February 26, 2014 - "Are You Financially Smarter than a 5th Grader?" The answer is "no" for the parents of Jacqueline Wiscomb's fifth-graders.
Parent Mark Mulholland (above) contemplates a question, while Clear Lake fifth-graders Hunter Drake and Linus Schneider (right) await his answer. (click for larger version)
Wiscomb's fifth-grade students were part of a 12 week lesson plan, in which Oxford High School Seniors Maddy Barsanti and Samantha Medici taught the students about financial literacy as a part of the girl's DECA Project.
"Our whole goal (of the project) was to present financial literacy to the community and to the students, so we did elementary level and high school level," Barsanti said. "For the elementary students we taught them 12 weeks of lessons and went over savings, spending, earnings and making smart decisions."
(click for larger version)
"The kids enjoyed every time the girls would come in, about twice a week. They really looked forward to seeing them. It was a nice change of pace (and) the kids really did learn a lot," Wiscomb said. "The kids talked about starting up their own businesses, whether it was a lemonade stand, making bracelets or what have you. They were thinking about ways to make money and to save."
As a way to teach the students about savings, Wiscomb would hand out fake money if the students were good. So, when Barsanti and Medici would come to class the students could either spend their money to buy something small or choose to "save it in the bank" and buy a bigger better item at the end of the project.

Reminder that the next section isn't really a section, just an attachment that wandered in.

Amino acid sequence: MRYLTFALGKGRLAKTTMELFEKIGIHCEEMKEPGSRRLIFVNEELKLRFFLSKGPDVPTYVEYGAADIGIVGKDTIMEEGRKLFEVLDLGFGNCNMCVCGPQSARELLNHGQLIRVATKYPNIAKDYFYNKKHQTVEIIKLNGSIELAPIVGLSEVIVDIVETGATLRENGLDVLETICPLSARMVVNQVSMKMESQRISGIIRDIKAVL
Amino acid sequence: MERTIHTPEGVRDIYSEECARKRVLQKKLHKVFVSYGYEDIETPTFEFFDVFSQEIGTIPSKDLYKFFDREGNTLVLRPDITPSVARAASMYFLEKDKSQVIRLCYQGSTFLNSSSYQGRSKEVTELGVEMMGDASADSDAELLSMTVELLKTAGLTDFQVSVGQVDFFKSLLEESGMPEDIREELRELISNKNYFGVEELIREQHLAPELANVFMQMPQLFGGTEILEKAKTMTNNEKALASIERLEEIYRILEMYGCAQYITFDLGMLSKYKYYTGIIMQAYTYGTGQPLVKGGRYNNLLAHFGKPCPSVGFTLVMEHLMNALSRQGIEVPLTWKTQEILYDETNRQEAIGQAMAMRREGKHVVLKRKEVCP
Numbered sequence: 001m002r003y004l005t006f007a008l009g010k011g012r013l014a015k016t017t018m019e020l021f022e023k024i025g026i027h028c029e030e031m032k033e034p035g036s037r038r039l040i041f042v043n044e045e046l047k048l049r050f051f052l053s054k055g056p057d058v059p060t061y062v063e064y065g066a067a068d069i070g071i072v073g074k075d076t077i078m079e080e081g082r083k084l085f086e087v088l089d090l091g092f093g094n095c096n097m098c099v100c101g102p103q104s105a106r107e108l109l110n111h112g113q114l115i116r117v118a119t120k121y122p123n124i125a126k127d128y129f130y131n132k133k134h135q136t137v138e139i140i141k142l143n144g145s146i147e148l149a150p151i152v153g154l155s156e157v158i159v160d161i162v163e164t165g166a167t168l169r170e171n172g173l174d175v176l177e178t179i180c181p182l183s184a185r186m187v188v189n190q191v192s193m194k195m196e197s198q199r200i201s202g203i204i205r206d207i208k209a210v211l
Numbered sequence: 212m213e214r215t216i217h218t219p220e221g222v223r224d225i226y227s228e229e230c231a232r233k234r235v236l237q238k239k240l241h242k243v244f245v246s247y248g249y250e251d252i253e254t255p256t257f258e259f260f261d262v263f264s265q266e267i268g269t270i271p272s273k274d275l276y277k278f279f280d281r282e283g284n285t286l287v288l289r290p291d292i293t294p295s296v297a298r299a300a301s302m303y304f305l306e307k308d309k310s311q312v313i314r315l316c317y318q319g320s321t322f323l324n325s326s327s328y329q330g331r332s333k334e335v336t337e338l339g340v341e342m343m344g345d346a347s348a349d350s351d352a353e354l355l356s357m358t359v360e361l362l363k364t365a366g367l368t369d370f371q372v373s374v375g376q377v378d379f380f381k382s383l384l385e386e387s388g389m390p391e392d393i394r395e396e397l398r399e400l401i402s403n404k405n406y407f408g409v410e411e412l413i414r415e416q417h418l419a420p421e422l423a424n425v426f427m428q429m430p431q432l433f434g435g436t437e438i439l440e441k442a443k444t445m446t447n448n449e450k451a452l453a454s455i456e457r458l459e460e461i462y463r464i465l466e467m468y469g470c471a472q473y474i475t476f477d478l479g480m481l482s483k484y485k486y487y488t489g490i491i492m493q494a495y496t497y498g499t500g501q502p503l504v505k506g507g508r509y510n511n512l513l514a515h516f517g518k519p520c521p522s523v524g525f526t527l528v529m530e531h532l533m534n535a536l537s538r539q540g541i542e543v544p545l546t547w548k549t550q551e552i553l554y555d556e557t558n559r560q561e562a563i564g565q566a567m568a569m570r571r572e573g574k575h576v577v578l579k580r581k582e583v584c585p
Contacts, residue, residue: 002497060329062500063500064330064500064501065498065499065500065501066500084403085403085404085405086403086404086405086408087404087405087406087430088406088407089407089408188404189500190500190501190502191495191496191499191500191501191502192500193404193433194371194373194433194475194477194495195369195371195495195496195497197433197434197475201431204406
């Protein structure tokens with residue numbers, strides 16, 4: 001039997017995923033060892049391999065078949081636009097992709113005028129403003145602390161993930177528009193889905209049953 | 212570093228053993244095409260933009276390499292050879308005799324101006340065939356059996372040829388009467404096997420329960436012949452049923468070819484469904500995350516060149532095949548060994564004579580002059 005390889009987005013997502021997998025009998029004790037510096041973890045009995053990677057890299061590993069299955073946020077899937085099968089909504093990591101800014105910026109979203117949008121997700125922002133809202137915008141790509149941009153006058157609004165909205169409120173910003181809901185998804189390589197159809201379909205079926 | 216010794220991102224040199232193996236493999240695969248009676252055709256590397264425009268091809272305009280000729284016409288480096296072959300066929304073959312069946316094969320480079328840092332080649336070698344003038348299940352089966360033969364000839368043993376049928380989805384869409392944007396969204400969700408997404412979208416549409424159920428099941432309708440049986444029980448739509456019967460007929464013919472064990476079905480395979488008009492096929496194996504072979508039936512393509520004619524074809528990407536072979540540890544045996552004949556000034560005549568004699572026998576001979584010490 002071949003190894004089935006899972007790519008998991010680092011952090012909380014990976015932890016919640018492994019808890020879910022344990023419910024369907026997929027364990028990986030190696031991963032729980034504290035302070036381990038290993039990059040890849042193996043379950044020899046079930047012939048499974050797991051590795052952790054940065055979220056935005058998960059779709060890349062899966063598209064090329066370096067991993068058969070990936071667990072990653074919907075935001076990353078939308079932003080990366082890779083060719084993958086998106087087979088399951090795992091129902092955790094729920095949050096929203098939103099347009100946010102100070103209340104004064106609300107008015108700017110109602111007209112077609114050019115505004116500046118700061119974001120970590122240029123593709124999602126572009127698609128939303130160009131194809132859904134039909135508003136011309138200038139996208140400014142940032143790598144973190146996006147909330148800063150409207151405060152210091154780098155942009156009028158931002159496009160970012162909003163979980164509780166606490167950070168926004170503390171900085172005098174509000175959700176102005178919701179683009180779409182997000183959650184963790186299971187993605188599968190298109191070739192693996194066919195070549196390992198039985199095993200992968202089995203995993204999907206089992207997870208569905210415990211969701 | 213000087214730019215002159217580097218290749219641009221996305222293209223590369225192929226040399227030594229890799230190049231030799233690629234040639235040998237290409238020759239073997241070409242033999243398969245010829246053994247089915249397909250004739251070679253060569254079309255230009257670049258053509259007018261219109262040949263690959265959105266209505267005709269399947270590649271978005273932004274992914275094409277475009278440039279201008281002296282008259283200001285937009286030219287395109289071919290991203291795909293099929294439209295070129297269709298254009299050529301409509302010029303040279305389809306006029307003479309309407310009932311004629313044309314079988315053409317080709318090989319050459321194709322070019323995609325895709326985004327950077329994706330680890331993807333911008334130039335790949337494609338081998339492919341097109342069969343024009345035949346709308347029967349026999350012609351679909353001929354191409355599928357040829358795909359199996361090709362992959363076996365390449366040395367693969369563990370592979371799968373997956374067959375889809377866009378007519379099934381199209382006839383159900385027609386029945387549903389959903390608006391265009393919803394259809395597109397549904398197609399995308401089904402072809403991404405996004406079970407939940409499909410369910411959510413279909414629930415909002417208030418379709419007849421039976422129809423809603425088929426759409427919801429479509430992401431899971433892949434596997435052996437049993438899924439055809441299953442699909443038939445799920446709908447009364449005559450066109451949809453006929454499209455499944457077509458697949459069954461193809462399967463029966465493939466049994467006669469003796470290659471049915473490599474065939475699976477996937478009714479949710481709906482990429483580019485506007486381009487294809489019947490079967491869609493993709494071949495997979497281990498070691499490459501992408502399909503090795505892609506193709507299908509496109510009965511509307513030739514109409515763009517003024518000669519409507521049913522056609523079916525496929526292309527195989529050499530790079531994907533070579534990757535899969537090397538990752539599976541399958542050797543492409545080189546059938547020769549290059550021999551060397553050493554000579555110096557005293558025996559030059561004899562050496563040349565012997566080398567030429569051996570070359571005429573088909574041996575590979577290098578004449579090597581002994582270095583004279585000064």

"It was a good learning process for the kids," noted Wiscomb. "They really had to think about their choices and decide what they wanted to do."
As a way to test what the students knew and to show the parents what they had learned, the 12 week lessons were concluded on Feb. 5 in game show style with parents battling their students in "Are you Financially Smarter than a 5th Grader?"
"The students were so excited. We had two separate podiums and one parent versus two students. They would have to ring the bell to answer the questions," Barsanti explained. "The kids rang the bell so fast they knew all the questions. They won by like a 1,000 points. It was awesome."
Medici agreed. "Every time they would come up to the stand, Mrs. Wiscombe would start reading the questions and you would hear a bell and the kids would already know the answer," she added. "The parents were really taken off guard because they thought they had it in the bag."
"It was really a fun, culminating event with the parents coming in and the kids competing against them," Wiscomb said. "It was a lot of fun."
What did the students learn?
"We learned about money and how you're supposed to spend your money," said Abby Walters. "A lot of people think 'oh I am just going to buy this because I can buy this,' but they don't know that you got to save your money to make smarter choices and stuff."
Nick Souckp agreed.
"If you (want to) buy a different car then you got to get a better paying job so you can save money for the future," he said.
Souckp also said he not only learned how to save money, but also learned which presidents are on which dollar bills. He also enjoyed the playing the game against the parents. "I liked it because we got to go against smarter people," he added.
Medici said it was "very rewarding" to see how far the kids had come at the end of the 12 weeks and they were amazed at how fast the kids learned.
Trevor graduated with degrees in English and communications from Rochester College. He wrote for his college and LA View newspapers before joining The Clarkston News in May 2007.